Washington, D.C., Feb. 25, 2013—Today, Institute for Higher Education Policy (IHEP) President Michelle Asha Cooper, Ph.D., testifies before the Maryland Senate’s Subcommittee on Education, Business, and Administration and the Maryland House of Delegates’ Subcommittee on Education and Economic Development. Dr. Cooper will give a national perspective on college affordability—including innovative practices in other states—and offer policy solutions to address current higher education challenges in Maryland.
Below is an excerpt from Dr. Cooper’s testimony, along with three recommendations:
“The dilemma facing Maryland today is very similar to the challenge facing other states—how to make sure that the state’s educational infrastructure and outcomes reinforce its economic needs. And while most Americans understand this goal and recognize the importance of some postsecondary education in attaining it, they are also perplexed by the cost of college. So what can be done to keep college within reach for today’s students? Well, the answer is complicated, but I will start by offering the following three recommendations that I believe will help keep Maryland’s institutions accessible and affordable:
- State leaders must gain some clarity on what college affordability means within the context of this state. The term affordability is 'unavoidably subjective.' There is also great variation in affordability. For example, what may be affordable to a family living in Takoma Park, Md., may very well be unaffordable to a family living in Prince Frederick, Md. Being clear about the metrics to determine affordability reduces the 'noise' about college costs and allows for more informed decision-making and targeted interventions. One metric of affordability that you may want to consider is: Share of family income required to pay expenses.
- State leaders must ensure that the nation’s longstanding access goal is reinforced alongside the college completion goal. It is appropriate to place our attention on student outcomes, like college completion. Nevertheless, we must recognize that we still have an access problem—too many students are simply not able to get into our institutions. The lack of affordability, not only limits access to college, it also affects the time it takes for students to earn a degree. Given that affordability can impact both college access and college completion, these two goals need to be seen as complementary.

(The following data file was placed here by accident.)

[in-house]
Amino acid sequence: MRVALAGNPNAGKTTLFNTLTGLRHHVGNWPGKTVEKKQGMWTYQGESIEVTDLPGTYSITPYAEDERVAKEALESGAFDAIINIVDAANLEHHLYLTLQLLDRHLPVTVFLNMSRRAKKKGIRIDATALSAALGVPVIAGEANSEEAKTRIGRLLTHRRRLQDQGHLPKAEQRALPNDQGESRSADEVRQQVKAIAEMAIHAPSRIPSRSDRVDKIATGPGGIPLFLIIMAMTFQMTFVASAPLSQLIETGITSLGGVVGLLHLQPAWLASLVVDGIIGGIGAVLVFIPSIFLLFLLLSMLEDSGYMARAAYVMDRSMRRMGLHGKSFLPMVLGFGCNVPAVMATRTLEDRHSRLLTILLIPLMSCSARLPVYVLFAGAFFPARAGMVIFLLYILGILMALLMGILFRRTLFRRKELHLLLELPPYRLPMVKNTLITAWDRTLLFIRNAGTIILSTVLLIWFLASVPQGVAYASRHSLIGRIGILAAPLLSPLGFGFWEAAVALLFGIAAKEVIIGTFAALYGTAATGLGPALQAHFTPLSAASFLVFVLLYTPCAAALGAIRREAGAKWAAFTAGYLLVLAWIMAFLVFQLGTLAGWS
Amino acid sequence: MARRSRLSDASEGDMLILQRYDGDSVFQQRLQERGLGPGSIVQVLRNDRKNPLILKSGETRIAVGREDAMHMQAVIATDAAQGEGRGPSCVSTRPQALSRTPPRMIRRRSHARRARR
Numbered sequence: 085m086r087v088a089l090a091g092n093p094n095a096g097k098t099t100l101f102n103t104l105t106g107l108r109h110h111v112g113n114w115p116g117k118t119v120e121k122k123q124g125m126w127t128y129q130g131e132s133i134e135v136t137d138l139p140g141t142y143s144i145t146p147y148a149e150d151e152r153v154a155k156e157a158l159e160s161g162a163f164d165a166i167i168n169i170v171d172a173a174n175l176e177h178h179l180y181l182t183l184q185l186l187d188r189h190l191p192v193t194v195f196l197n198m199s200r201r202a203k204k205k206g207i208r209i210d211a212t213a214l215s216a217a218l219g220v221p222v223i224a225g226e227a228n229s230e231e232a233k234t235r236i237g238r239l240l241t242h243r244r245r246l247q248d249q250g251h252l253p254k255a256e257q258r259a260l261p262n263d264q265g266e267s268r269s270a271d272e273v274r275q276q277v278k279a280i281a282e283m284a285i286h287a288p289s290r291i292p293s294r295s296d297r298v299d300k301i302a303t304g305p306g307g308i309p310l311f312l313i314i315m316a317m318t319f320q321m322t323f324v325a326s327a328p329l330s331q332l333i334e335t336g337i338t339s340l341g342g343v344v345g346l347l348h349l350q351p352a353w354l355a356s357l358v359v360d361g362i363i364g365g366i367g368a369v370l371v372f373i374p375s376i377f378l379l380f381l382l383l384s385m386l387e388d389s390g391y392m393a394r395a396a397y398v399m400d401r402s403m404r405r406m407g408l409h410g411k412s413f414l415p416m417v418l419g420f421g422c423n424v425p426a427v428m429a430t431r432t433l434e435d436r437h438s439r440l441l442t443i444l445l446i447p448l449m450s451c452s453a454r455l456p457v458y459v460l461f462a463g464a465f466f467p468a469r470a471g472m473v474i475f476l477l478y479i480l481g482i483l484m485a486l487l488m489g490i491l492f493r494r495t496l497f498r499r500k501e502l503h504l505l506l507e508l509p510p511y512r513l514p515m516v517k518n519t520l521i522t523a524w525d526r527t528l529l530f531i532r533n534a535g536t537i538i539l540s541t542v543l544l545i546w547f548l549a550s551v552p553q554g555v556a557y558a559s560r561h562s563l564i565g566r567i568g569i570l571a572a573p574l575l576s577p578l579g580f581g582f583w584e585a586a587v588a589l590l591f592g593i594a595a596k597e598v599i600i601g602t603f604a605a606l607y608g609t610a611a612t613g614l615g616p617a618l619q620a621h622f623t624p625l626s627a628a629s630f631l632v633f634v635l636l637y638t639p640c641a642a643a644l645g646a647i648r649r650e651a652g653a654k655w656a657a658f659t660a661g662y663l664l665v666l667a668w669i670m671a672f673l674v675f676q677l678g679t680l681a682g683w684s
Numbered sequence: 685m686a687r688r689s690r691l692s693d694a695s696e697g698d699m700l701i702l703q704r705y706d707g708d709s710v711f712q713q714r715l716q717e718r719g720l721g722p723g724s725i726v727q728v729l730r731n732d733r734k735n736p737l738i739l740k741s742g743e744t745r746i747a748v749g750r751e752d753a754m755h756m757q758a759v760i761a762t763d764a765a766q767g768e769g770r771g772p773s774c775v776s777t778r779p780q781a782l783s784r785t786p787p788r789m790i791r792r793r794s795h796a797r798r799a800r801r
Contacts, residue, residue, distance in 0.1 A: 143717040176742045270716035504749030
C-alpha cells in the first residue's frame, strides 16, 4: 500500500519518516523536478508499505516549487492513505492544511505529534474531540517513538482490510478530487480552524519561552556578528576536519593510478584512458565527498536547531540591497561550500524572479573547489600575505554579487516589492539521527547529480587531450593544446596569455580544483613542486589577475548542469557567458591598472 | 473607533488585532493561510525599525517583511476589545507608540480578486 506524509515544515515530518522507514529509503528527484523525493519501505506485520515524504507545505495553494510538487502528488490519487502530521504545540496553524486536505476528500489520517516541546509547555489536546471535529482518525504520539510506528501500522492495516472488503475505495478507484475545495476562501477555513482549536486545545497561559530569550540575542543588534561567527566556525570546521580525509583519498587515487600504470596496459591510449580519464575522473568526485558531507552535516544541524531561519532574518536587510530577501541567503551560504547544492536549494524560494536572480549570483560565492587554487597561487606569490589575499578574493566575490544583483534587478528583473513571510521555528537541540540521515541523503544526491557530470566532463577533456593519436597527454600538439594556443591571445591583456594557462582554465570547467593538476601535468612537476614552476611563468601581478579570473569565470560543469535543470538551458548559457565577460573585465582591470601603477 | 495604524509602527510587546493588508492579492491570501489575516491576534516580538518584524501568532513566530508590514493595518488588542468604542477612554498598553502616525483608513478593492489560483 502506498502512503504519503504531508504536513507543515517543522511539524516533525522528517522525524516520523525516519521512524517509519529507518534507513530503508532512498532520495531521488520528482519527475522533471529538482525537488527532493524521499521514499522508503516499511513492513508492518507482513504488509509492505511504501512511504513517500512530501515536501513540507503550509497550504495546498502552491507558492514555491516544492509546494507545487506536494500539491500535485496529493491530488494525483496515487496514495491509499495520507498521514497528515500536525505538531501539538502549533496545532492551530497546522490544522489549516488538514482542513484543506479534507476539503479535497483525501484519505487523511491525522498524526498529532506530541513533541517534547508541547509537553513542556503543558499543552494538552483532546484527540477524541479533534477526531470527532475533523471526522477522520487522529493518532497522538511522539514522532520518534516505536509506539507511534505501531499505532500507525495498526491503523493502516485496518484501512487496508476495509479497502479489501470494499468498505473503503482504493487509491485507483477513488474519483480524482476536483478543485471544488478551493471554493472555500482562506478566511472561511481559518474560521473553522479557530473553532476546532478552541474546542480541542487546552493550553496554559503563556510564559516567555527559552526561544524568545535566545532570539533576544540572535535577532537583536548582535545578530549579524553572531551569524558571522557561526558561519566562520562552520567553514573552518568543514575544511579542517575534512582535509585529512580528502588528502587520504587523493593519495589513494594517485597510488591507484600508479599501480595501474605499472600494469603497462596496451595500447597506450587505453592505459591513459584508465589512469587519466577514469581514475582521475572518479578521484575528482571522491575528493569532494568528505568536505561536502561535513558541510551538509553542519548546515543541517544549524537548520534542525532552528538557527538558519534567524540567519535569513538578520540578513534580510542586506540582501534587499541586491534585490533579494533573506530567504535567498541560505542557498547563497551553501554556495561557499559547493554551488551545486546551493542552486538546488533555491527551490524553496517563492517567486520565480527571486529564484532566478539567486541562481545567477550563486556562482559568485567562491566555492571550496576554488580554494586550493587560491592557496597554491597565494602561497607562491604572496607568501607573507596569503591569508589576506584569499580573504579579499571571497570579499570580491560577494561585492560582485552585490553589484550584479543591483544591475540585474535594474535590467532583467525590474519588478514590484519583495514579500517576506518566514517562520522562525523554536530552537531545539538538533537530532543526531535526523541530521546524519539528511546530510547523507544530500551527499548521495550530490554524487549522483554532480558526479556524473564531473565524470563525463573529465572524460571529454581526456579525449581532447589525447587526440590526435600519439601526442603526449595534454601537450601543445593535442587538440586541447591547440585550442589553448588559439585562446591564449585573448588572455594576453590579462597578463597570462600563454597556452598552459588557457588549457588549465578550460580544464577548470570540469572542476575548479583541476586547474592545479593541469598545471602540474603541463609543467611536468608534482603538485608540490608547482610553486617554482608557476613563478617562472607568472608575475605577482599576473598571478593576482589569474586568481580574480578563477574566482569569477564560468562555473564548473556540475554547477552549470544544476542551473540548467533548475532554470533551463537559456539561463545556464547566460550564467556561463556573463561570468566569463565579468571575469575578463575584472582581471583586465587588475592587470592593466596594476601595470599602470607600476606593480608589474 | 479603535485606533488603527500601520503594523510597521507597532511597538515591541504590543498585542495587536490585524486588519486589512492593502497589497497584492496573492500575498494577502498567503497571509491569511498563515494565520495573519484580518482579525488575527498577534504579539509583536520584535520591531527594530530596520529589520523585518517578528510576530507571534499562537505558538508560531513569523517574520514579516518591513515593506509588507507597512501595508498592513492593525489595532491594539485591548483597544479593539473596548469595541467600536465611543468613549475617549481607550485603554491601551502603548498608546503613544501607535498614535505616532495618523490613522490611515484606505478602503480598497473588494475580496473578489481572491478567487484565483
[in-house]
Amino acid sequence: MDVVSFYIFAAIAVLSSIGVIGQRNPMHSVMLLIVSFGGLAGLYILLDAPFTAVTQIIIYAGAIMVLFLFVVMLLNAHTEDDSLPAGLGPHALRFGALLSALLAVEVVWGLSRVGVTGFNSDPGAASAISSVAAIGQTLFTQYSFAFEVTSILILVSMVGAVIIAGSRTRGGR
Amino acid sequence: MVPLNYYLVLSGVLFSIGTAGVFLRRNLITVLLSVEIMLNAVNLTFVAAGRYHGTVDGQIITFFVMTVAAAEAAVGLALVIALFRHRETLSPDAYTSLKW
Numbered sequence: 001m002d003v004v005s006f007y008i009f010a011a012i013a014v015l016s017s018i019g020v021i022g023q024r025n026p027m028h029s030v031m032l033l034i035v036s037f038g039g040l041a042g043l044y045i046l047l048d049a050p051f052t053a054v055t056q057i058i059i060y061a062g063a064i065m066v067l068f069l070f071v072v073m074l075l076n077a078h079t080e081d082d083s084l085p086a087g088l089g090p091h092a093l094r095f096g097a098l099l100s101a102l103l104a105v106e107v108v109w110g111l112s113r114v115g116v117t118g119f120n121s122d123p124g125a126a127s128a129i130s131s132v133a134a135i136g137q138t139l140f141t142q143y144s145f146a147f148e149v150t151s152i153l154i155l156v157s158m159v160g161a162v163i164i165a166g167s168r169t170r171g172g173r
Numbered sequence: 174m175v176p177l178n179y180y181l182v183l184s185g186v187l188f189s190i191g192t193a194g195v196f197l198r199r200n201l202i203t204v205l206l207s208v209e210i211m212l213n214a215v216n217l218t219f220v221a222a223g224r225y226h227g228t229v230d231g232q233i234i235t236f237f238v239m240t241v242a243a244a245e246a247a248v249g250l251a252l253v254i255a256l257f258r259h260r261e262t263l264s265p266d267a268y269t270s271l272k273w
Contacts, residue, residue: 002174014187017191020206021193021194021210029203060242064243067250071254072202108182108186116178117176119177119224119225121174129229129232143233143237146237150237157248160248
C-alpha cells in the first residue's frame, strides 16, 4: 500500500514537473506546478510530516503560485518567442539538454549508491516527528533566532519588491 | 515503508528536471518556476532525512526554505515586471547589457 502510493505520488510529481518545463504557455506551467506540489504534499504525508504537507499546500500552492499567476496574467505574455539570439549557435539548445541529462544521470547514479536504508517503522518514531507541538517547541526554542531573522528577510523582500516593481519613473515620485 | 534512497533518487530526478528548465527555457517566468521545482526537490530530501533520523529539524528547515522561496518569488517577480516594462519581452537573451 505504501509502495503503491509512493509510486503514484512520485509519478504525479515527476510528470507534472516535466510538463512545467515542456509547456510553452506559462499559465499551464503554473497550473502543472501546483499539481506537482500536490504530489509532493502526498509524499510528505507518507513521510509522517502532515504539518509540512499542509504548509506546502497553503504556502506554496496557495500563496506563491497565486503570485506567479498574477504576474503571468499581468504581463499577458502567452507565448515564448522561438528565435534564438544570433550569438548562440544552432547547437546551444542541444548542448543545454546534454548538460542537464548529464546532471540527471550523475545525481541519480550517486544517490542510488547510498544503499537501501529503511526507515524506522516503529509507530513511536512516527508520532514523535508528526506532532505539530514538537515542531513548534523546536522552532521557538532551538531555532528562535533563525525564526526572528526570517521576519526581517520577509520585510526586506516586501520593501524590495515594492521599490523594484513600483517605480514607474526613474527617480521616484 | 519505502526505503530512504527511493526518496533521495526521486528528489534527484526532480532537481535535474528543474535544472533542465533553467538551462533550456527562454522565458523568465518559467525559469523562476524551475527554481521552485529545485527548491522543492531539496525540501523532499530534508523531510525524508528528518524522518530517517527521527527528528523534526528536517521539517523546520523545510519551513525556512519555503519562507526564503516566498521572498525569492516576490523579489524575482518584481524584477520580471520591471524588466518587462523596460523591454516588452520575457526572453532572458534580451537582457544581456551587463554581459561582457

- State leaders must take steps to moderate the cost of college, and restore the purchasing power of need-based grant aid. Given the high levels of unmet need, federal and state need-based grant aid must be increased and must remain targeted primarily on low- and moderate-income students. But to maximize the effectiveness of these grants, there must also be a commitment to lower the price of college, while retaining or enhancing educational quality."
Dr. Cooper’s testimony is being held today at 1 p.m. EST in the Maryland State House, 3 West, Miller Senate. Other speakers scheduled and/or invited to attend include: Dr. Sandy Baum, senior fellow, George Washington University Graduate School of Education and Human Development, and senior associate, Institute for Higher Education Policy; Garrett Halbach, policy analyst, Maryland Department of Legislative Services; Tina Bjarekull, president, Maryland Independent College and University Association; Dr. Danette Howard, Maryland secretary of higher education; and Dr. Joseph Urgo, president, St Mary's College of Maryland.
For more information about IHEP, visit the organization’s website at www.ihep.org.